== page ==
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I'm reading, studying actually, the same book of letters home by Captain Elijah Petty of the 17th Texas Infantry in Walker's Division. It is a fascinating collection of thoughts from an intelligent man during a long campaign. His comments on his day-to-day life as a company captain reveal details the historians pass by. One example: When in January 1864, the division is working at constructing breastworks along a long ten-mile front, Petty writes to his wife about how good he is with a spade, clearly stating that he was in the ditch with his men slinging dirt, not standing on top supervising with clean boots. All to say that Captain Petty was an interesting, and in the end, a heroic guy, who was killed in battle leading his company forward at Pleasant Hill, catching a grapeshot round in his chest.
I'm currently reading a biography of young Ulysses S. Grant who had a similar experience while clearing an oyster bed that was blocking a channel to be used by supply ships at Corpus Christi, Texas while he was a lieutenant in the 4th Infantry stationed there right before the start of the Mexican War. When his men failed to understand what it was he wanted them to do, he jumped into the water and began to demonstrate, to the amusement of other officers standing around like you describe. Fortunately, one of them was commanding General Zachary Taylor, who said loudly that he wished more of his officers were like Lieutenant Grant!
 
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J. D. Stevens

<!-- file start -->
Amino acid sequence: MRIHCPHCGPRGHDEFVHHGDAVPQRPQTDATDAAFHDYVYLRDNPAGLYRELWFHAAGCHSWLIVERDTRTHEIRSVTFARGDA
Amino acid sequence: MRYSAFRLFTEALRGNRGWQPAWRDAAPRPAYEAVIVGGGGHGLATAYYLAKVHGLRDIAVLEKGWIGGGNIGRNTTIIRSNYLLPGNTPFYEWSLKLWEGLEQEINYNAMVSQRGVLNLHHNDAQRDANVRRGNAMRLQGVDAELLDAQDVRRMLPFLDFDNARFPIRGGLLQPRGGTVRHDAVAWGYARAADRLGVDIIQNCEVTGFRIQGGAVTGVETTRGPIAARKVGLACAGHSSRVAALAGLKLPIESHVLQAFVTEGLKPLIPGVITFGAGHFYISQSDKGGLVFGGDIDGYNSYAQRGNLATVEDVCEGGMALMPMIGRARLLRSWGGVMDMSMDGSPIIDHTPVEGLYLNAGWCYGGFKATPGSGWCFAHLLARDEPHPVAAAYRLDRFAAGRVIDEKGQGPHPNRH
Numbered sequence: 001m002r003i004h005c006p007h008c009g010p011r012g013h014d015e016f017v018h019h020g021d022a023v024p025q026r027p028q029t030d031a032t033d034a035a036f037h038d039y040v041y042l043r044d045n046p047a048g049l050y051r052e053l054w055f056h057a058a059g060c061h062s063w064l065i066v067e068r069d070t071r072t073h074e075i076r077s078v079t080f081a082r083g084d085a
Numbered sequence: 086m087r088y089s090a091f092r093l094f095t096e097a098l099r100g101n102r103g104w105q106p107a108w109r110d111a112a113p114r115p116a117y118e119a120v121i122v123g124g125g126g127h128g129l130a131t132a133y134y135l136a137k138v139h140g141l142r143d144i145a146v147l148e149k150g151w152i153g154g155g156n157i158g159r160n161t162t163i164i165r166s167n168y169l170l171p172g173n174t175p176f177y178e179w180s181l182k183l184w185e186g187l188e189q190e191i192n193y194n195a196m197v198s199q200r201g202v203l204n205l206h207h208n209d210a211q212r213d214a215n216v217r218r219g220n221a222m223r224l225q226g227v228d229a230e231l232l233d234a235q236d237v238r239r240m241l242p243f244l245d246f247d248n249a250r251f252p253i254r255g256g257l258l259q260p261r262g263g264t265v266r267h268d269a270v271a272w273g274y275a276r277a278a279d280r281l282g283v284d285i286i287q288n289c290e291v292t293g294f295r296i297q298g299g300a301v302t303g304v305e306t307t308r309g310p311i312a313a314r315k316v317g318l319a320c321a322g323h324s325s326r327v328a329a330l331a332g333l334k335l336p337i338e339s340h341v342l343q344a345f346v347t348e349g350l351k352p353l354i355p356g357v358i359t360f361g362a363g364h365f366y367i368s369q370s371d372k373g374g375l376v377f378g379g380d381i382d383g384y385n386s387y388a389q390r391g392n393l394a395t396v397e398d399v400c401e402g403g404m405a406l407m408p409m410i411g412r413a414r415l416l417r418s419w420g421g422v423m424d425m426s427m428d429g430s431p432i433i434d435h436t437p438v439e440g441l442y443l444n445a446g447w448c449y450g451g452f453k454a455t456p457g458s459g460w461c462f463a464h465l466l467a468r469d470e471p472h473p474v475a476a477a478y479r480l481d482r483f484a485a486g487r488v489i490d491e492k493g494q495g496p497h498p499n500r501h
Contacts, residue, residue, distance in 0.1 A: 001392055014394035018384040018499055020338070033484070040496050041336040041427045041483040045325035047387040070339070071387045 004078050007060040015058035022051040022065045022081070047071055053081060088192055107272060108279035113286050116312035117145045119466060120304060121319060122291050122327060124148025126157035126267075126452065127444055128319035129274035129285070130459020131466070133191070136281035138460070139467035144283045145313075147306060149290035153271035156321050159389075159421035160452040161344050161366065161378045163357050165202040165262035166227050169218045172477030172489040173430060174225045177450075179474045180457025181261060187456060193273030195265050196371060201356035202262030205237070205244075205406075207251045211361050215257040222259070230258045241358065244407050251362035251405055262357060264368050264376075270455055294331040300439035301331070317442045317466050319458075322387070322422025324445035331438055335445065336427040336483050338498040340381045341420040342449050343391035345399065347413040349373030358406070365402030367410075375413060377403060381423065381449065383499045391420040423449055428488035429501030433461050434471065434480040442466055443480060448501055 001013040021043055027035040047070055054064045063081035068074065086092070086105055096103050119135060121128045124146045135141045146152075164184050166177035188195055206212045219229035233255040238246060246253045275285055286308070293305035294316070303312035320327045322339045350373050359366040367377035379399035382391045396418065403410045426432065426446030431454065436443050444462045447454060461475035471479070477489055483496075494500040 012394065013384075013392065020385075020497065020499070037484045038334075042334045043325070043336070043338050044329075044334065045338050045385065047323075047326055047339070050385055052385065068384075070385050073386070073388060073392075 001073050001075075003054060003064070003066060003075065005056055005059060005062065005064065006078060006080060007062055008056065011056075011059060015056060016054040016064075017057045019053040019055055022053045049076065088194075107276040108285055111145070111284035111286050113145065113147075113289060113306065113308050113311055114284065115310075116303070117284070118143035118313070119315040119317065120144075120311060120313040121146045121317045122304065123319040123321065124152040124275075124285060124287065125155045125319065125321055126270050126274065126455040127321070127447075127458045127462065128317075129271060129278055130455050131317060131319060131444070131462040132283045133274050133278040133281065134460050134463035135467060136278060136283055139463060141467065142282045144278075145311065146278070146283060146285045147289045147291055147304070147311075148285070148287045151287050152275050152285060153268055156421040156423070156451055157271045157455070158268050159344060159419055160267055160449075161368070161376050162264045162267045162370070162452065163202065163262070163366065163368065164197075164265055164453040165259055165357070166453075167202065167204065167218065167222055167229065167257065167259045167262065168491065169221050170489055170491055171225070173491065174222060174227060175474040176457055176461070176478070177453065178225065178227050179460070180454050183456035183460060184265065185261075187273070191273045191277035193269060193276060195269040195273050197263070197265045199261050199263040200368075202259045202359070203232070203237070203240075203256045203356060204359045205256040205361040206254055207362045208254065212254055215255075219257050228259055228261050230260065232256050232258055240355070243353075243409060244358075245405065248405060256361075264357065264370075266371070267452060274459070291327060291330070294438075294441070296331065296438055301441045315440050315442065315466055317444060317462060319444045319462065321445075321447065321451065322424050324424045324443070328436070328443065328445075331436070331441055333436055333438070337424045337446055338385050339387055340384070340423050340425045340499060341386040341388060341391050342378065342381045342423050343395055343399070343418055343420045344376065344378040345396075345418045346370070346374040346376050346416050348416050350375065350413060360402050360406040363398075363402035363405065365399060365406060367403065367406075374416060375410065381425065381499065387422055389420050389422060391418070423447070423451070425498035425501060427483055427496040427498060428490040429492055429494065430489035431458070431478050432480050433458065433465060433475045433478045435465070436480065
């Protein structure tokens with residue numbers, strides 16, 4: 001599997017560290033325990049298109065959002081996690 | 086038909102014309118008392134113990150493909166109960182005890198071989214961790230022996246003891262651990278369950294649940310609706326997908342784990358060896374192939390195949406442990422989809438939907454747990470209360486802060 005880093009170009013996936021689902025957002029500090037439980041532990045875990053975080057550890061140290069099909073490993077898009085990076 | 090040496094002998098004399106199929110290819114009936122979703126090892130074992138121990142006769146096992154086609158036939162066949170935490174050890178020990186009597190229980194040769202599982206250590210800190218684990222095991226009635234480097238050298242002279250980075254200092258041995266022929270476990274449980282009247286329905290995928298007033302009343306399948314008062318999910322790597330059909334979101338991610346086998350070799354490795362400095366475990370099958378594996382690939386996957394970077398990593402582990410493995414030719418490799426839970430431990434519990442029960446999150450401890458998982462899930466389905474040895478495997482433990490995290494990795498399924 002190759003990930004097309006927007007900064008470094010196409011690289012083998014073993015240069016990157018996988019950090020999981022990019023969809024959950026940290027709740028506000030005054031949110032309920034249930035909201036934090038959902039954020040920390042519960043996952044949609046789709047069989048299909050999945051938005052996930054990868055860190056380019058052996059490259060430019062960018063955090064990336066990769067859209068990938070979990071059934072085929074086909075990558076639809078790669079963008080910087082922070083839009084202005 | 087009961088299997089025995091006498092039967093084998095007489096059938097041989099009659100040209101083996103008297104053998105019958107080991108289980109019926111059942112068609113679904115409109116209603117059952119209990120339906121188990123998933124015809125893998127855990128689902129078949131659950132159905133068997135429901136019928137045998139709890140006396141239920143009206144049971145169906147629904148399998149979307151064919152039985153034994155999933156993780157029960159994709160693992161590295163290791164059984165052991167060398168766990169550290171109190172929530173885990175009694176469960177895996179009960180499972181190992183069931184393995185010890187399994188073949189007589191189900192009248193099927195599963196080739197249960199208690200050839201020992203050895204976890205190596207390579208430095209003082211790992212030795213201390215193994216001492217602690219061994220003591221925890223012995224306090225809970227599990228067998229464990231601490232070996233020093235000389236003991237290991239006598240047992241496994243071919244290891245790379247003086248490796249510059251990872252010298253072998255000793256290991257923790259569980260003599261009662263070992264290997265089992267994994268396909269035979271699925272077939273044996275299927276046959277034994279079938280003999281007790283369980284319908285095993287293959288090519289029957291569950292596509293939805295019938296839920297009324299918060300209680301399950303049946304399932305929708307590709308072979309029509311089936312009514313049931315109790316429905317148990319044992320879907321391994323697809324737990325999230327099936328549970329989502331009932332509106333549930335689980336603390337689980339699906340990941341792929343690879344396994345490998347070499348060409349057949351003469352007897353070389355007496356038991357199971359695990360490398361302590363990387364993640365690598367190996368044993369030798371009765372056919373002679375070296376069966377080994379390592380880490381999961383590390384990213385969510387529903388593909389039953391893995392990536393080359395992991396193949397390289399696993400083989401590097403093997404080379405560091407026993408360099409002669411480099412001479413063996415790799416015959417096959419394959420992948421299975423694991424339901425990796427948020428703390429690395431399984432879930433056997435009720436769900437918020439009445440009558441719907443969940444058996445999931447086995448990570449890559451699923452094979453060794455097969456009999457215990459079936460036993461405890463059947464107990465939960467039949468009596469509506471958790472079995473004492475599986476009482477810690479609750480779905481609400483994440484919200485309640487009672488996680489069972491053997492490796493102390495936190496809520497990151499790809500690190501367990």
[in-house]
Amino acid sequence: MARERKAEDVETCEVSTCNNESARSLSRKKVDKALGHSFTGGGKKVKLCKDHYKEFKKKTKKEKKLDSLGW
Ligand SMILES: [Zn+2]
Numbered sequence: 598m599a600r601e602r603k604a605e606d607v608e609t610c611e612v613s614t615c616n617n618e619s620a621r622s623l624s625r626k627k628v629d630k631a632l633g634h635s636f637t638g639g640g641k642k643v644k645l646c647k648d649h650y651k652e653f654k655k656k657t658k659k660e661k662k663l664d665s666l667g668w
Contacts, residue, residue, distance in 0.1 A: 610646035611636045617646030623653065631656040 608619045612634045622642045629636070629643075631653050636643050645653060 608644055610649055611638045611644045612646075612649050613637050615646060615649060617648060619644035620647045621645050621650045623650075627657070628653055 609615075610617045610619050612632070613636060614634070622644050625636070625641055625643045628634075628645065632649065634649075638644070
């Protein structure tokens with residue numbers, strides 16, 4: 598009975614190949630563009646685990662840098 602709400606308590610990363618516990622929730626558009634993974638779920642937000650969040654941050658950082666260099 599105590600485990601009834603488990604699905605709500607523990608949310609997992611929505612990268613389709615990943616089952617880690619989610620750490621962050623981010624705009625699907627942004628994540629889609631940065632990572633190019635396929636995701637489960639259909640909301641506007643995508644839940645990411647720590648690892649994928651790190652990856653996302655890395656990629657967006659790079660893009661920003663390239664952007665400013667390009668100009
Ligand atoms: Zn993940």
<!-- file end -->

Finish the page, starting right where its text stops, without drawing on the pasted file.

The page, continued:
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died in the Battle of Yellow Bayou

Please do not take this comment for gospel, but the only service record of Pvt George Hurst, Co G of the 12th Texas Cavalry states he "Died of wound received in action, May 18, 1864" which indicates he was not killed outright in the Battle of Yellow Bayou. The service record has a note which appears it was written on January 4, 1865. Even though Mansfield is over a 150 from the battle, he may have been moved there over the seven plus months he lived after being wounded. Most of the men killed in the battle were buried in an old church cemetery along Bayou De Glaise. Today there is a small village there named Hamburg, but the cemetery no longer exists. It was covered over by the bayou levee built many years later. If he had been wounded, he was probably originally treated at one of hospitals at Cheneyville, Washington, Alexandria, or other locations much closer. After being disabled for 90 days, wounded soldiers were usually discharged or given a furlough to return home to recuperate. My guess is he was attempting to return to his home in Kaufman County, Texas, but only made it as far as Mansfield before expiring.

My family has a letter written by an 18 year old trooper of Co A of the 12th Texas Cavalry to his mother. In part the letter reads; "There was 11 men killed out of our regiment - there was between 75 & 80 men killed & wounded. Mother it was the bloodiest sight that I ever experienced & I hope I will never experience such another........There is no telling how many men was killed in our army we were halling (sic) in dead men all night we have been burying all day." NOTE: Colonel Parsons reported the 12th Texas had 10 killed, 61 wounded, and 2 missing. General Taylor reported 452 total men killed and wounded in the battle at Yellow Bayou.

Capt Joseph Wier was killed leading the 12th Texas Cavalry in their charge at Yellow Bayou. He was buried in this church cemetery near the bayou. In the spring of 1865, this young trooper and a cousin were given permission to go back to Louisiana and brought the remains of Capt Wier back home in Hill County, Texas for reburial in the family cemetery.
 

bdtex

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Most of the men killed in the battle were buried in an old church cemetery along Bayou De Glaise. Today there is a small village there named Hamburg, but the cemetery no longer exists. It was covered over by the bayou levee built many years later.
Were the men's remains disinterred and reburied elsewhere?